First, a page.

This bowl is an example of a type of ceramic that became very popular under the Ilkhanids. It is known as 'Sultanabad ware' after the place it was first found. However, these wares were probably made at Kashan - the main centre of pottery production in Iran before the Mongol invasions of the early 13th century, which continued to operate during the Ilkhanid period (1256-1353).

The Mongol invasions created a close link between the Middle East and China as both regions came to be ruled by the Mongol viceroys. In China this was known as the Yuan dynasty. These dynasties maintained close cultural links with each other through trade, by sea and land, along the silk route. This created a flow of many new artistic motifs from China into the Middle East such as the dragon, the phoenix and the lotus blossom.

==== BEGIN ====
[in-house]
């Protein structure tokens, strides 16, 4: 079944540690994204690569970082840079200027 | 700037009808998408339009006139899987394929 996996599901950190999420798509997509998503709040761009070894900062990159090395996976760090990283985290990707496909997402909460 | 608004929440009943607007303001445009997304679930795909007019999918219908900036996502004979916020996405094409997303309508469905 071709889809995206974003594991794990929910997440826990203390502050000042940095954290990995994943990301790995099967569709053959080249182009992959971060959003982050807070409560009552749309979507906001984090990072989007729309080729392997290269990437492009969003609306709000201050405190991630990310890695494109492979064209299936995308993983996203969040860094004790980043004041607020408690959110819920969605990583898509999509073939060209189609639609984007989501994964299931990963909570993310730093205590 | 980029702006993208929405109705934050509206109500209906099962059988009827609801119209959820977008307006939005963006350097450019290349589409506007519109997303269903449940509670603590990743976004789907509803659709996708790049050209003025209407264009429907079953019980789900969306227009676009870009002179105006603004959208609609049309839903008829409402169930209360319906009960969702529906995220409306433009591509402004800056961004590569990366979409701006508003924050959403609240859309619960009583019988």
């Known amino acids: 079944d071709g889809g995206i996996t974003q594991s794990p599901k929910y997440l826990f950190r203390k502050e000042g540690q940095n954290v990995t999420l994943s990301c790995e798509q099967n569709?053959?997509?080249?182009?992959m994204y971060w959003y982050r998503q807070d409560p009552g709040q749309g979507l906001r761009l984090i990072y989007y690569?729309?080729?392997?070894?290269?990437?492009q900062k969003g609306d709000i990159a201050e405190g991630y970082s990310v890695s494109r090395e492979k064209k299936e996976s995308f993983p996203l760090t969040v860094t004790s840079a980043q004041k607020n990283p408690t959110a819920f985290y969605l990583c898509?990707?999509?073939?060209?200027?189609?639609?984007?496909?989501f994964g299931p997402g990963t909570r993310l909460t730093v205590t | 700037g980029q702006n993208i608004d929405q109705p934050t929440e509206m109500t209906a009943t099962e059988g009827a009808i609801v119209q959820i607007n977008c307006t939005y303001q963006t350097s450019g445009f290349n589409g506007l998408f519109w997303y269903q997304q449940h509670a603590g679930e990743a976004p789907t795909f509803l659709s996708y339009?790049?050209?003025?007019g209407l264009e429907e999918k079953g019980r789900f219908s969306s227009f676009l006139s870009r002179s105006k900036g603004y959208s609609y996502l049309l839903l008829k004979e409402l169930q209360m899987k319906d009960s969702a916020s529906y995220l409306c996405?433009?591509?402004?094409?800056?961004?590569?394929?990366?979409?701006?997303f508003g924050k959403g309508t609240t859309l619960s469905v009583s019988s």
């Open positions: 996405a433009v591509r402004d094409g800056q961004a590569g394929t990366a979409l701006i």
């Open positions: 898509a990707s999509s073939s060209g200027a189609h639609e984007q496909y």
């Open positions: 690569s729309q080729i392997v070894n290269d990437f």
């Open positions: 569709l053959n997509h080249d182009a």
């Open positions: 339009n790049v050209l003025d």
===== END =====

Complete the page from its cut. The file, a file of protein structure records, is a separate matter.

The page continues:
The bowl represents some of the characteristics of Ilkhanid wares that are attributed to Sultanabad. Such is the decoration in slip painting that covers interior and exterior except for the low foot. Black is used for the outlines of the decoration. The lobed shape of the bowl copies Chinese bowls which were imported in large numbers at this time. Single animals in a densely foliated background, like the present bowl, were a popular subject during the Ilkhanid period.

A very similar bunny dish from the Met Museum next to the original inspiration for Plate 9. Iran, 14th C, accession Number 91.1.184.

Bowl, Iran. 1260 - 1350. Met Museum. Accession Number C.10-1960. I want to put this bowl in the Ilkhanid category too due to it's shape and motifs used in the center roundel and decoration on the sides of the bowl.

The decoration of this bowl reflects the influence of Mongol rule on Iranian ceramics. Production of ceramics with decoration painted under the glaze, as here, resumed about 1260. 

The sides of this bowl are divided into panels, a design copied from Chinese bowls imported at this time. In the centre are two seated men. They can be identified as Mongols from their headgear, which is topped by large owl feathers, a sign of status.